Jack Boal shares his experience of CPT's Starting Blocks programme.
At the end of 2021, I was thinking about what show I wanted to make next. I knew that I wanted to explore something more personal: my desire to start a family. Taking on this more autobiographical topic, one that I would discover my relationship to, I wanted to make sure that the first stage of finding this show was done with support.
This support came through the best kind I could have imagined; Starting Blocks is THE artist support programme for emerging artists making work on the fringes. The significance of the support, in my case, that Camden People’s Theatre provided was the financial one. £900 goes a long way for a solo artist. It is the most amount of hard-cash that has been invested into my practice and work so far. Reserving £200 for materials (my puppet pictured) and £700 for whatever I saw fit to do with. I paid myself for the first time to make work. £15 an hour meant that I had just over 40 hours to explore what this new show could be. It really felt like I had all the time in the world to take a risk.
This financial investment alleviated various emotional and pragmatic stresses that come along with making work as a working-class person. The time to focus on how I would make this new show meant that I could challenge myself and expand the possibilities of my practice. I decided that throughout the process I would make this show by myself. No one else would enter my rehearsal room. I wanted to know if I was made of the stuff to be in a rehearsal room by myself for 10 weeks and whether anything dynamic came out the other side.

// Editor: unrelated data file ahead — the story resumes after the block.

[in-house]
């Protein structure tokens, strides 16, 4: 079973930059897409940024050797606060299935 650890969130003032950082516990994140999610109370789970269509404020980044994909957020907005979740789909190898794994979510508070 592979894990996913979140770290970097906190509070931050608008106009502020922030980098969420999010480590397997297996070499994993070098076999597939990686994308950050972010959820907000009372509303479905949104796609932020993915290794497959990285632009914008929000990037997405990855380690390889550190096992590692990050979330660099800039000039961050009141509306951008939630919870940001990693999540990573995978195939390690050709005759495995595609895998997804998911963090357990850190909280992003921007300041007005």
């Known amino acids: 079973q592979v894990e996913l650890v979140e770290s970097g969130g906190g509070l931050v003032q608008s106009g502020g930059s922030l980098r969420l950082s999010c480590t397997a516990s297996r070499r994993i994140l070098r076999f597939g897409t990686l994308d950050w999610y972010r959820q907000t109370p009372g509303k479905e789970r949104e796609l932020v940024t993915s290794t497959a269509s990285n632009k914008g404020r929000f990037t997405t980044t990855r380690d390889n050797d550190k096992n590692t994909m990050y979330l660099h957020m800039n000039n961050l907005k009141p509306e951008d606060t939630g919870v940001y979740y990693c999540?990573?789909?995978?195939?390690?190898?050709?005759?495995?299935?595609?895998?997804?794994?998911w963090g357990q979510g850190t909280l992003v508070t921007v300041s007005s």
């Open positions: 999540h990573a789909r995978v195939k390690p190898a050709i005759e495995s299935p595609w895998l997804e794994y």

The only eyes that would look upon the mess I was making of it all would be my fellow Starting Block artists and the CPT team. I didn’t really realise this at the time, but these were all fresh faces getting a look at my work. I was terrified! No friends to politely encourage me as I flounder or catch me as I fall flat on my face. Rather, those in a similar boat to mine would tell me honestly and directly what worked, what to provoke, and what to follow. There wasn’t much hiding from them or myself.
Spending 4 hours in the CPT basement asking myself questions, playing with my puppet, as well as the quiet panic of staring into the creative void, were all brought to our regular peer-sharing sessions. The shared experiences of eureka and crisis moments were encouragement enough to spur on each other to continue to discover what we were all creating.
For myself, the process was challenging and rewarding: I discovered that 10 weeks is far too long by myself (4 weeks will do, thank you), I created a compelling onstage relationship between myself and a puppet, and I have something new to say: that the climate apocalypse approaches but I still want to bring a new life into this world. This sticky contradiction materialised with humour and sincerity that I can’t wait to continue exploring when the time and opportunity arises.
The support from CPT does not end after Starting Blocks. Other venues and organisations may cut ties once a support programme ends - short-term and short-sighted development for the future generation of theatre artists. Not so at CPT. As I get ready to perform my first show, Thatcher-Rite, in December I go in with the knowledge that I have found a creative home in CPT.
As for the work-in-progress I made during Starting Blocks, The Children are Leaving exists with my drag-clown Grace Fool. I hope to pick this show up soon, with similar support that CPT offered, to continue Grace Fool’s and The Child’s journey. Wherever it may arrive, it could have only begun through Starting Blocks.
Deadline: Thu 27 Oct 11.59pm